Mandya's date with tradition

Mandya's date with tradition


Mandya's date with tradition

The annual Shiva Deepotsava, which symbolises liberation from darkness to light, was celebrated on December 15 at Alakere, 15 km from Mandya. The festival is an occasion to unite people of all communities in Alakere and the neighbouring Keelara village.

People from Keelara came to Alakere  in a procession, along with the traditional nandi kamba and the beating of tamate and other instruments. The procession idols (utsava murtis), kept in the homes of the locals, were brought to the temple. The devotees, holding the deities, circumambulated the temple thrice. A piece of white cloth was then burnt near the idol of Basava at the entrance of the temple.

There was a contest of sorts to gather the holy ashes. After this ritual, it was time for lighting rows of lamps placed in the temple precincts. This marked the beginning of Shiva Deepotsava.On the day of the Deepavali Amavasya, a tall lamp post is put up in front of the temple and an akashabutti is hung from it, to indicate that the Shiva Deepotsava is round the corner.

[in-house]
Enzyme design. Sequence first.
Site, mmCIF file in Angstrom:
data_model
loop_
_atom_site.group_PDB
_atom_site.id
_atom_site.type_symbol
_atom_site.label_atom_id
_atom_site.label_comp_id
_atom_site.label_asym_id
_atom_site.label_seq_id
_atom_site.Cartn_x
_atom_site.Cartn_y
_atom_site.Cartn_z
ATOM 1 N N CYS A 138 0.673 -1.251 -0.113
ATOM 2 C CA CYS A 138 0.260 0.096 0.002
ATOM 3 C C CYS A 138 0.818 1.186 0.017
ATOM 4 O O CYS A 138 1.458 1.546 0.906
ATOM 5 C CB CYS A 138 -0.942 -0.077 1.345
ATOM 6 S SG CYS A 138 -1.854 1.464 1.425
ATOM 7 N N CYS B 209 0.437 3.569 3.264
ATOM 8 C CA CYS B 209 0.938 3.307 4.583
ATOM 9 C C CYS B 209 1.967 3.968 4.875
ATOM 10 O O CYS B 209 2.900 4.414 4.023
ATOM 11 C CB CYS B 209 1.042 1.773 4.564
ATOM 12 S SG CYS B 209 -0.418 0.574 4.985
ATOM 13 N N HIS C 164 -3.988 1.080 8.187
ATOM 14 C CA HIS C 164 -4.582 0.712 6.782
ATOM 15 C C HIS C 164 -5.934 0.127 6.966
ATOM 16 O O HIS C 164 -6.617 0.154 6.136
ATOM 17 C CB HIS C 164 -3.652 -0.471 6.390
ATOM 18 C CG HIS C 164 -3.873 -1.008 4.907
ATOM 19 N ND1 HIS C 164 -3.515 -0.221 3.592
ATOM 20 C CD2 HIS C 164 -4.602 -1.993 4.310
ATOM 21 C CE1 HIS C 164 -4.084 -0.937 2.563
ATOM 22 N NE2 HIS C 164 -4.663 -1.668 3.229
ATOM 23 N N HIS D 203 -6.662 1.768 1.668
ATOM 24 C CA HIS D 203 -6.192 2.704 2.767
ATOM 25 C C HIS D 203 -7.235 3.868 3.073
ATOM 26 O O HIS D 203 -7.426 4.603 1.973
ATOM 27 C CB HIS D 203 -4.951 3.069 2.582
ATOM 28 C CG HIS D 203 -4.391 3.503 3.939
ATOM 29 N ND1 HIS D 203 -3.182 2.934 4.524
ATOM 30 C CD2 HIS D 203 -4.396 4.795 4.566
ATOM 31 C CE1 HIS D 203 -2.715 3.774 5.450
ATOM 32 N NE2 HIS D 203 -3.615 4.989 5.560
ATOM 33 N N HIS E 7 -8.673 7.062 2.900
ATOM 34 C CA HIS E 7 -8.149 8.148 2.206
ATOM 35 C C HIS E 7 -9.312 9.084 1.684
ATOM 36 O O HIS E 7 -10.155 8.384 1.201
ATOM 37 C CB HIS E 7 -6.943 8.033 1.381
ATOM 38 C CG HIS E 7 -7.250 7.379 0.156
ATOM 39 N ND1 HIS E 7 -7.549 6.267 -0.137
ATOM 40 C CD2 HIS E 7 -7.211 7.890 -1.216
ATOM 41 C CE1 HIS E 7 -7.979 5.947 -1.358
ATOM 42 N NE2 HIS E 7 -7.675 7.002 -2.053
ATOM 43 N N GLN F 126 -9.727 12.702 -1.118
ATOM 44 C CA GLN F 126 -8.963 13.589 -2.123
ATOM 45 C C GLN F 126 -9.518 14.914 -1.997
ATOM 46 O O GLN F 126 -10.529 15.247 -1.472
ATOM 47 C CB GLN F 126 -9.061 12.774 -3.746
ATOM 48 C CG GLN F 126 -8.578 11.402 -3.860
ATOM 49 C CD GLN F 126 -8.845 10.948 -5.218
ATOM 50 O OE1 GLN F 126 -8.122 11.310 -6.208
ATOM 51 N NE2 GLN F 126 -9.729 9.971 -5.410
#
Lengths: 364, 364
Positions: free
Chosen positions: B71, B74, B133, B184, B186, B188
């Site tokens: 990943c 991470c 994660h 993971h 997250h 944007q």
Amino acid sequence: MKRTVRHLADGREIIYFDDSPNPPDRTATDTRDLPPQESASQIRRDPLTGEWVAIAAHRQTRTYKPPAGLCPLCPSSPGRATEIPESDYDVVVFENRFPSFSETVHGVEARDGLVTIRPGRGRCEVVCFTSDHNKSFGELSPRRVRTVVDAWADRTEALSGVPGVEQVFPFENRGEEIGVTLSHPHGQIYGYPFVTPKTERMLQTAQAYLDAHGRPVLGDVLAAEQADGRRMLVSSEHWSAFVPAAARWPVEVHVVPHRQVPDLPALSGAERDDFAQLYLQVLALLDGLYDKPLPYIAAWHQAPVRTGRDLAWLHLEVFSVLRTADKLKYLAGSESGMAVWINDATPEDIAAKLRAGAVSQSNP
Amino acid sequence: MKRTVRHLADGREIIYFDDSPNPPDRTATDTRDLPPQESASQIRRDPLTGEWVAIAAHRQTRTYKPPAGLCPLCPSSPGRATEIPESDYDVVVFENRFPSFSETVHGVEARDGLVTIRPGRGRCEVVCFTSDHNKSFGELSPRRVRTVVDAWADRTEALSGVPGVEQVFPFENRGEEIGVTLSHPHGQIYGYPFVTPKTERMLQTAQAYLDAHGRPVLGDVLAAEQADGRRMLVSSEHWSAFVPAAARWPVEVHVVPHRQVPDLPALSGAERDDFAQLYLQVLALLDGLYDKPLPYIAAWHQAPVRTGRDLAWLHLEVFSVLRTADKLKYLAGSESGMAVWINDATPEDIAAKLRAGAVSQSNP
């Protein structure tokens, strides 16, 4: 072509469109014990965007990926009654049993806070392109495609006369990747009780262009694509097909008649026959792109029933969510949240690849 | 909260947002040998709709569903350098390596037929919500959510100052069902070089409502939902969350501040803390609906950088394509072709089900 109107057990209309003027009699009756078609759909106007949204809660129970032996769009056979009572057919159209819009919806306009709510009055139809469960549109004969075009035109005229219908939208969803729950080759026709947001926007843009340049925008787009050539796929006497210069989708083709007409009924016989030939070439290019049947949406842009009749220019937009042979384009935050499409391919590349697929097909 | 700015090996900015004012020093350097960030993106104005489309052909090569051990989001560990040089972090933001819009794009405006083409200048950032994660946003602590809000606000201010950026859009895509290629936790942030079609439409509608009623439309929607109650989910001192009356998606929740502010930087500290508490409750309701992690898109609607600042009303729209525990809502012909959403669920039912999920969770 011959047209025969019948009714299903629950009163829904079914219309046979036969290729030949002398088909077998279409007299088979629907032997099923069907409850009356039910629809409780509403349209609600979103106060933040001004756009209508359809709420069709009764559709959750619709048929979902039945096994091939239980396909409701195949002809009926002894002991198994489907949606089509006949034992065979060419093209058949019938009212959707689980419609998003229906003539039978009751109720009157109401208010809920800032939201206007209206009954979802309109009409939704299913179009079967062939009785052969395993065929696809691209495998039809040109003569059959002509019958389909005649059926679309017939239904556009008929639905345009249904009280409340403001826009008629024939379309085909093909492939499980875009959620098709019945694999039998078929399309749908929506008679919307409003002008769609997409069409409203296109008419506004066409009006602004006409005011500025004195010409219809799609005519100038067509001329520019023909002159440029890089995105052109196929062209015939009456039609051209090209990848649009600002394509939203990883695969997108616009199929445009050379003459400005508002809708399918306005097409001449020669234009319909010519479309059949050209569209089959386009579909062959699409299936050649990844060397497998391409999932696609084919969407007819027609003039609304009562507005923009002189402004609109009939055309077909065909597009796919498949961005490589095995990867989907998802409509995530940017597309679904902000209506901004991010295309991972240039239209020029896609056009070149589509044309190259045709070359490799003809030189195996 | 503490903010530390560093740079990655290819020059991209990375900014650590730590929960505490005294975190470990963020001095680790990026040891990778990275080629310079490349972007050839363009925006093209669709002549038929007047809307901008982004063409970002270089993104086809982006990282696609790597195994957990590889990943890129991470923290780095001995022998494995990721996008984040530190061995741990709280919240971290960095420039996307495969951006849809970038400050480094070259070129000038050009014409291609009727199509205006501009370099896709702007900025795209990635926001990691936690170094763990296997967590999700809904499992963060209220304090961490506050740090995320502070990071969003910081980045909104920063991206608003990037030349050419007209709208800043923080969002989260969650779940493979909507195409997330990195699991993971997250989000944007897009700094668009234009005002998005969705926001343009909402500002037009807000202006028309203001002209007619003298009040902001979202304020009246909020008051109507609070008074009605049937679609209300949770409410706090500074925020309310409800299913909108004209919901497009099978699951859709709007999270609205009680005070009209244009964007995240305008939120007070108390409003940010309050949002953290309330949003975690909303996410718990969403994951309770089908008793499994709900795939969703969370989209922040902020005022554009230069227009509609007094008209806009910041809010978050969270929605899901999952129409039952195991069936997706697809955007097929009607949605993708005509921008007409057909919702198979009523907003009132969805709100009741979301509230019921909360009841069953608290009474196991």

The chandramandala, a canopy of areca nut tree branches, is created and colourful flags are attached to it. An attractive umbrella is placed at the summit to complete the decorations. Replicas of the utsava murtis are placed beneath the canopy and are decorated to herald the festivities. The chandramandala is then take out in a procession.

On the day of the Shiva Deepotsava, the rathotsava or the chariot procession was taken out through the main thoroughfares of the village and the festivities continued into the early hours. The Deepotsava was also celebrated at the temples of Adishakti, Shani and Kattemadappa in the village.

Legend has it that, three centuries ago, the place where the Shiva temple is situated was desolate and full of thorns and weeds. The village head chanced upon a Shivalinga, while a cow was being milched at this spot. A priest from the Lingayat community was appointed to perform puja, after building a small temple for the deity.

In course of time, a bigger temple was constructed housing two sanctum sanctorums (garbha griha), one for the Shivalinga and the other for Veerabhadra. A settlement soon developed around the temple. It came to be called Halukare or Halukere, which later transformed to Alakere.
(Translated by C V Ramachandra)